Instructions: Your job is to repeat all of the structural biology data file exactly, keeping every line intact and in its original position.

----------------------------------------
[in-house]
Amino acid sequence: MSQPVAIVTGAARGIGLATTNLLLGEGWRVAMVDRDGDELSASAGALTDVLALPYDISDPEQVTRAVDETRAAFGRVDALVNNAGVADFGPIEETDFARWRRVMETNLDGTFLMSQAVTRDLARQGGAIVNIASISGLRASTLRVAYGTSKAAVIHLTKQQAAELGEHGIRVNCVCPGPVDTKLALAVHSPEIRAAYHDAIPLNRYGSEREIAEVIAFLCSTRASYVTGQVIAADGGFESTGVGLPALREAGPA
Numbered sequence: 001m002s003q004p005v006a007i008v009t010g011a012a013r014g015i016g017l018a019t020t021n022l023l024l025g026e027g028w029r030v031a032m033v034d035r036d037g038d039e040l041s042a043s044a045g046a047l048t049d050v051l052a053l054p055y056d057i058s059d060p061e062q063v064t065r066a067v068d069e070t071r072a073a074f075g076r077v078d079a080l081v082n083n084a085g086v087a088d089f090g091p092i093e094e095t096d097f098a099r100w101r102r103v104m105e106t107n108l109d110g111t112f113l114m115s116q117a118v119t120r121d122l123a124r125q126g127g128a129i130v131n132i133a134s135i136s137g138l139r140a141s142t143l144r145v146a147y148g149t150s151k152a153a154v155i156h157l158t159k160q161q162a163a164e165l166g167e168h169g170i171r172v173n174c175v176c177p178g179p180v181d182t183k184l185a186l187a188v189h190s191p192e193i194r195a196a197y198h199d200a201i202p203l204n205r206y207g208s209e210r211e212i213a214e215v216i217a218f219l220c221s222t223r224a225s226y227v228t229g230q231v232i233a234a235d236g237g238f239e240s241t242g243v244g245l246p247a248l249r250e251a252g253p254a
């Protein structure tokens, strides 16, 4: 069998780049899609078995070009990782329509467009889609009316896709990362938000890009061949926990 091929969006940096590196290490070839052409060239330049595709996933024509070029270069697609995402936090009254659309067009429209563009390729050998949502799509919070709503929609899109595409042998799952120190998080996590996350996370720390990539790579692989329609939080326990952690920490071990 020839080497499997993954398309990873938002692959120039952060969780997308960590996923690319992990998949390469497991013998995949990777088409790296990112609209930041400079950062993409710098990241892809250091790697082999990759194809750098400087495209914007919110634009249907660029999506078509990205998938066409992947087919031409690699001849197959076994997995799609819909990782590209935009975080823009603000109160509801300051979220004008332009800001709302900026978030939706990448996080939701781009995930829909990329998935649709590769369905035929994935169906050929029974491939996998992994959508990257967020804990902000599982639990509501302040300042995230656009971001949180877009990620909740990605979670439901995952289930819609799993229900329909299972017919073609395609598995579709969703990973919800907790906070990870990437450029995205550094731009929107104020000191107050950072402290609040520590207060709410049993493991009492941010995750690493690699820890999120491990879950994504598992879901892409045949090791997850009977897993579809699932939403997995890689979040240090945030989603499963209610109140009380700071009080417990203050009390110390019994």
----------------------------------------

[in-house]
Amino acid sequence: MSQPVAIVTGAARGIGLATTNLLLGEGWRVAMVDRDGDELSASAGALTDVLALPYDISDPEQVTRAVDETRAAFGRVDALVNNAGVADFGPIEETDFARWRRVMETNLDGTFLMSQAVTRDLARQGGAIVNIASISGLRASTLRVAYGTSKAAVIHLTKQQAAELGEHGIRVNCVCPGPVDTKLALAVHSPEIRAAYHDAIPLNRYGSEREIAEVIAFLCSTRASYVTGQVIAADGGFESTGVGLPALREAGPA
Numbered sequence: 001m002s003q004p005v006a007i008v009t010g011a012a013r014g015i016g017l018a019t020t021n022l023l024l025g026e027g028w029r030v031a032m033v034d035r036d037g038d039e040l041s042a043s044a045g046a047l048t049d050v051l052a053l054p055y056d057i058s059d060p061e062q063v064t065r066a067v068d069e070t071r072a073a074f075g076r077v078d079a080l081v082n083n084a085g086v087a088d089f090g091p092i093e094e095t096d097f098a099r100w101r102r103v104m105e106t107n108l109d110g111t112f113l114m115s116q117a118v119t120r121d122l123a124r125q126g127g128a129i130v131n132i133a134s135i136s137g138l139r140a141s142t143l144r145v146a147y148g149t150s151k152a153a154v155i156h157l158t159k160q161q162a163a164e165l166g167e168h169g170i171r172v173n174c175v176c177p178g179p180v181d182t183k184l185a186l187a188v189h190s191p192e193i194r195a196a197y198h199d200a201i202p203l204n205r206y207g208s209e210r211e212i213a214e215v216i217a218f219l220c221s222t223r224a225s226y227v228t229g230q231v232i233a234a235d236g237g238f239e240s241t242g243v244g245l246p247a248l249r250e251a252g253p254a
């Protein structure tokens, strides 16, 4: 069998780049899609078995070009990782329509467009889609009316896709990362938000890009061949926990 091929969006940096590196290490070839052409060239330049595709996933024509070029270069697609995402936090009254659309067009429209563009390729050998949502799509919070709503929609899109595409042998799952120190998080996590996350996370720390990539790579692989329609939080326990952690920490071990 020839080497499997993954398309990873938002692959120039952060969780997308960590996923690319992990998949390469497991013998995949990777088409790296990112609209930041400079950062993409710098990241892809250091790697082999990759194809750098400087495209914007919110634009249907660029999506078509990205998938066409992947087919031409690699001849197959076994997995799609819909990782590209935009975080823009603000109160509801300051979220004008332009800001709302900026978030939706990448996080939701781009995930829909990329998935649709590769369905035929994935169906050929029974491939996998992994959508990257967020804990902000599982639990509501302040300042995230656009971001949180877009990620909740990605979670439901995952289930819609799993229900329909299972017919073609395609598995579709969703990973919800907790906070990870990437450029995205550094731009929107104020000191107050950072402290609040520590207060709410049993493991009492941010995750690493690699820890999120491990879950994504598992879901892409045949090791997850009977897993579809699932939403997995890689979040240090945030989603499963209610109140009380700071009080417990203050009390110390019994």